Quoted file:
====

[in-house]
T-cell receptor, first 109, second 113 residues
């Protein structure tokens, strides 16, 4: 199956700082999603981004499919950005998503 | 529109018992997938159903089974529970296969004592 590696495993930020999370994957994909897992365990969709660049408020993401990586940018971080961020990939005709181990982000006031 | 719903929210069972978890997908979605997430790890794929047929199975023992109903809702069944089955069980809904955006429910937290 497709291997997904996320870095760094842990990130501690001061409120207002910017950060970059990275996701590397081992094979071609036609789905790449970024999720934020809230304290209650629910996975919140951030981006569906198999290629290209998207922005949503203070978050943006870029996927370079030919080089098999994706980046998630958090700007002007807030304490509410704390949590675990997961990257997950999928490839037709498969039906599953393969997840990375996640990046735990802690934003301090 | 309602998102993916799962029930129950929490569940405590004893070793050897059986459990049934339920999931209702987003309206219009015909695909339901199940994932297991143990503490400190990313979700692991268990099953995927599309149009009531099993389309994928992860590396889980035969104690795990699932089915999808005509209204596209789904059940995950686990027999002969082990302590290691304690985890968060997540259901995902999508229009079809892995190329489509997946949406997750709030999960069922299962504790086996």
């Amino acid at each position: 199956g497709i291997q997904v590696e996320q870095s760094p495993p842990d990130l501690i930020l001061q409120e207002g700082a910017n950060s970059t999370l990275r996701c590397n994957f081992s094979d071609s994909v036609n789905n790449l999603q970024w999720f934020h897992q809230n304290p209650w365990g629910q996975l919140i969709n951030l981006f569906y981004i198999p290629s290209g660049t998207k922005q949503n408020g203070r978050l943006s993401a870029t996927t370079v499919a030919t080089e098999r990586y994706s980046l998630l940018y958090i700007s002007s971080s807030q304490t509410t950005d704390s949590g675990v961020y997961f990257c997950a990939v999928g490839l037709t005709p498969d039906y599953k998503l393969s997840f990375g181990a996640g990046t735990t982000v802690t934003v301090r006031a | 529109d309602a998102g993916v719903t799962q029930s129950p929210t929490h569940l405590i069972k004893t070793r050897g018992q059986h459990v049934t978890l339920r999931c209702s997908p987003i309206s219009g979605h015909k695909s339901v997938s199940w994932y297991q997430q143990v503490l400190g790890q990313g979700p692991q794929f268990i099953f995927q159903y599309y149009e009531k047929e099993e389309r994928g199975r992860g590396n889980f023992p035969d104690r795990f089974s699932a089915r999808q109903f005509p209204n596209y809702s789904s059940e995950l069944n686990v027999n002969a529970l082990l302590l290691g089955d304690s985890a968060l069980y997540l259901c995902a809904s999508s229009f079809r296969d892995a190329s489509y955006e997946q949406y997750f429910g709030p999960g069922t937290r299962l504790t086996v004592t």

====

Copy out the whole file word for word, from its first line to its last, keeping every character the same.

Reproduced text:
[in-house]
T-cell receptor, first 109, second 113 residues
């Protein structure tokens, strides 16, 4: 199956700082999603981004499919950005998503 | 529109018992997938159903089974529970296969004592 590696495993930020999370994957994909897992365990969709660049408020993401990586940018971080961020990939005709181990982000006031 | 719903929210069972978890997908979605997430790890794929047929199975023992109903809702069944089955069980809904955006429910937290 497709291997997904996320870095760094842990990130501690001061409120207002910017950060970059990275996701590397081992094979071609036609789905790449970024999720934020809230304290209650629910996975919140951030981006569906198999290629290209998207922005949503203070978050943006870029996927370079030919080089098999994706980046998630958090700007002007807030304490509410704390949590675990997961990257997950999928490839037709498969039906599953393969997840990375996640990046735990802690934003301090 | 309602998102993916799962029930129950929490569940405590004893070793050897059986459990049934339920999931209702987003309206219009015909695909339901199940994932297991143990503490400190990313979700692991268990099953995927599309149009009531099993389309994928992860590396889980035969104690795990699932089915999808005509209204596209789904059940995950686990027999002969082990302590290691304690985890968060997540259901995902999508229009079809892995190329489509997946949406997750709030999960069922299962504790086996």
């Amino acid at each position: 199956g497709i291997q997904v590696e996320q870095s760094p495993p842990d990130l501690i930020l001061q409120e207002g700082a910017n950060s970059t999370l990275r996701c590397n994957f081992s094979d071609s994909v036609n789905n790449l999603q970024w999720f934020h897992q809230n304290p209650w365990g629910q996975l919140i969709n951030l981006f569906y981004i198999p290629s290209g660049t998207k922005q949503n408020g203070r978050l943006s993401a870029t996927t370079v499919a030919t080089e098999r990586y994706s980046l998630l940018y958090i700007s002007s971080s807030q304490t509410t950005d704390s949590g675990v961020y997961f990257c997950a990939v999928g490839l037709t005709p498969d039906y599953k998503l393969s997840f990375g181990a996640g990046t735990t982000v802690t934003v301090r006031a | 529109d309602a998102g993916v719903t799962q029930s129950p929210t929490h569940l405590i069972k004893t070793r050897g018992q059986h459990v049934t978890l339920r999931c209702s997908p987003i309206s219009g979605h015909k695909s339901v997938s199940w994932y297991q997430q143990v503490l400190g790890q990313g979700p692991q794929f268990i099953f995927q159903y599309y149009e009531k047929e099993e389309r994928g199975r992860g590396n889980f023992p035969d104690r795990f089974s699932a089915r999808q109903f005509p209204n596209y809702s789904s059940e995950l069944n686990v027999n002969a529970l082990l302590l290691g089955d304690s985890a968060l069980y997540l259901c995902a809904s999508s229009f079809r296969d892995a190329s489509y955006e997946q949406y997750f429910g709030p999960g069922t937290r299962l504790t086996v004592t």